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Chevron Prepares To Shut Down Gulf Platforms Ahead Of Storm

Offshore

Chevron is preparing to shut down two platforms in the Gulf of Mexico ahead of a Tropical Depression that could develop into a major storm, the company said, as quoted by Reuters. The platforms are Petronius and Blind Faith.

Tropical Depression 16 is currently in the southwest Caribbean, according to the Weather Channel, and is bringing heavy rains to Central America. If the depression is upgraded to a storm or a hurricane, it will be called Nate and, the Weather Channel warns, it is getting increasingly likely that it will make landfall along the northern part of the Gulf Coast on Sunday.

The Petronius platform is located about 130 miles southeast of New Orleans, at the same-name field, which holds an estimated 80-100 million barrels of oil equivalent. Production began in 1995, with Chevron operating the field in partnership with Marathon. There are ten producing wells at the site.

The Blind Faith platform is Chevron’s deepest, standing 160 miles southeast of New Orleans, in water depths of 7,000 feet. The Blind Faith field was discovered in 2001 and its reserves are estimated at up to 100 million barrels of oil equivalent. The project has cost Chevron US$900 million.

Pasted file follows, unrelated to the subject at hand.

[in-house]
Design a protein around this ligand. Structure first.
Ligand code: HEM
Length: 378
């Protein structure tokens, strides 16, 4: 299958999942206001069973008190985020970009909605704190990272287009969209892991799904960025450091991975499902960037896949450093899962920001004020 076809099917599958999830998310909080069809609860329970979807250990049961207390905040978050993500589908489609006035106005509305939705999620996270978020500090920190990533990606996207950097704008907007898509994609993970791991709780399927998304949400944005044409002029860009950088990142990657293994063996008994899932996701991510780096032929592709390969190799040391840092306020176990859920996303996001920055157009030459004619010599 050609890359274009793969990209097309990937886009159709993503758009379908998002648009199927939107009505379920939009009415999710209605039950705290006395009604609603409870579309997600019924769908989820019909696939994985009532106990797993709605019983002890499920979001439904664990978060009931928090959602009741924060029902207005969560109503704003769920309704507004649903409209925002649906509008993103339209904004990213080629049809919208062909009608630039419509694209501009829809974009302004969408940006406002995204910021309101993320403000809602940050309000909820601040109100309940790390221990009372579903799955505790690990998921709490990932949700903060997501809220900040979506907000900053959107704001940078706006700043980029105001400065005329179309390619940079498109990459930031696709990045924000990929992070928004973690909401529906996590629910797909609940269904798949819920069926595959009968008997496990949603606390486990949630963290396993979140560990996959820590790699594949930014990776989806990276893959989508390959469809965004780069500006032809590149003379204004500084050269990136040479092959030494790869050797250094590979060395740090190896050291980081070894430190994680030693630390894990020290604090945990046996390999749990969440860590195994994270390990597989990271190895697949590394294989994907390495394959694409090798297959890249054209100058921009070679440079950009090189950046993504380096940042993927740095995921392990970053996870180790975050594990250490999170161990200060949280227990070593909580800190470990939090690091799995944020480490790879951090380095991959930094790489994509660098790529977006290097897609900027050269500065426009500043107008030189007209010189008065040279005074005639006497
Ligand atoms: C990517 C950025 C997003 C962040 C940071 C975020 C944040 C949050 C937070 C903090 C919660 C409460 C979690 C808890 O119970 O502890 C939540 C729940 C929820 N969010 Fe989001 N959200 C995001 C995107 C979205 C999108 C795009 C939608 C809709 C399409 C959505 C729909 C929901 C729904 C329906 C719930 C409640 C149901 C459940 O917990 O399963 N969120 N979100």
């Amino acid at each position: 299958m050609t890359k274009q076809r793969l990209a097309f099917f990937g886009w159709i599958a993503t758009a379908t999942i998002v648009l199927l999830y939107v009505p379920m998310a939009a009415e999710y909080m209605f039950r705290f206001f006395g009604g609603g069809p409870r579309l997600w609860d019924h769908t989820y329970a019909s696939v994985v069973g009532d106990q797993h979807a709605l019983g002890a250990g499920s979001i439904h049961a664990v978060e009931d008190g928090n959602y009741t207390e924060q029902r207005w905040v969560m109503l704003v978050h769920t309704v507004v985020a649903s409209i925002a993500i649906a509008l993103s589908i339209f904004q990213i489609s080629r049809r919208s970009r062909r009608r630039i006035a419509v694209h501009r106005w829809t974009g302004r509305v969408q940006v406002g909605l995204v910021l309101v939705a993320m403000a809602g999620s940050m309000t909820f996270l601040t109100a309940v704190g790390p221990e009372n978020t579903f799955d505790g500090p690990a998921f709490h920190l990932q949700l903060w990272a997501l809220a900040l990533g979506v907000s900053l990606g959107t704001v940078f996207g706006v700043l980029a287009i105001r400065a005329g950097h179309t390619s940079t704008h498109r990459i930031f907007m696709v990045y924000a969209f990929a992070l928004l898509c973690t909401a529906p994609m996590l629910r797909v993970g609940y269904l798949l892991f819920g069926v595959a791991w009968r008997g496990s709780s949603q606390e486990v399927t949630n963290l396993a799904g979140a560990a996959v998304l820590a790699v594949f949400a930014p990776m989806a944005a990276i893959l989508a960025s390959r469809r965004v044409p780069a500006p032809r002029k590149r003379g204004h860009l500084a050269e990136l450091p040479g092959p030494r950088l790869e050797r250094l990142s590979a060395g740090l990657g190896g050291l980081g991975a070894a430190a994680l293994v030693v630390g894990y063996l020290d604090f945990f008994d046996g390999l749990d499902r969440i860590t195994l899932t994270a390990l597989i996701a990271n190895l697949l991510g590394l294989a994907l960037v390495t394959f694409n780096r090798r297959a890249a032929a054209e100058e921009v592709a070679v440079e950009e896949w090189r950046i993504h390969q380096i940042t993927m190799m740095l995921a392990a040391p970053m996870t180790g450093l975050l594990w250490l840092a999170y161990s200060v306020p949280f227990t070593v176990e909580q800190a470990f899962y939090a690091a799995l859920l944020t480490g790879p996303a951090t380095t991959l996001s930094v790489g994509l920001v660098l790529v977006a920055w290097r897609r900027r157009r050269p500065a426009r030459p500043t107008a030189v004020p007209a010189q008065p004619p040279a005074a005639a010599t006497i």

In September, Hurricane Harvey, the worst storm so far this season, caused the shutdown of several hundred thousand barrels in daily production in the Gulf of Mexico. At the height of the storm, on August 26, production shutdowns reached over 400,000 bpd, according to the Bureau of Safety and Environmental Enforcement.

Chevron produced an average 128,000 bpd of crude oil in deepwater Gulf of Mexico last year, plus 87 million cu ft of natural gas. In the same year, it acquired 10 new deepwater leases in the area. Recently, French Total joined the supermajor as partner on the development of 16 blocks in the GoM under a farm-in agreement.

By Irina Slav for Oilprice.com

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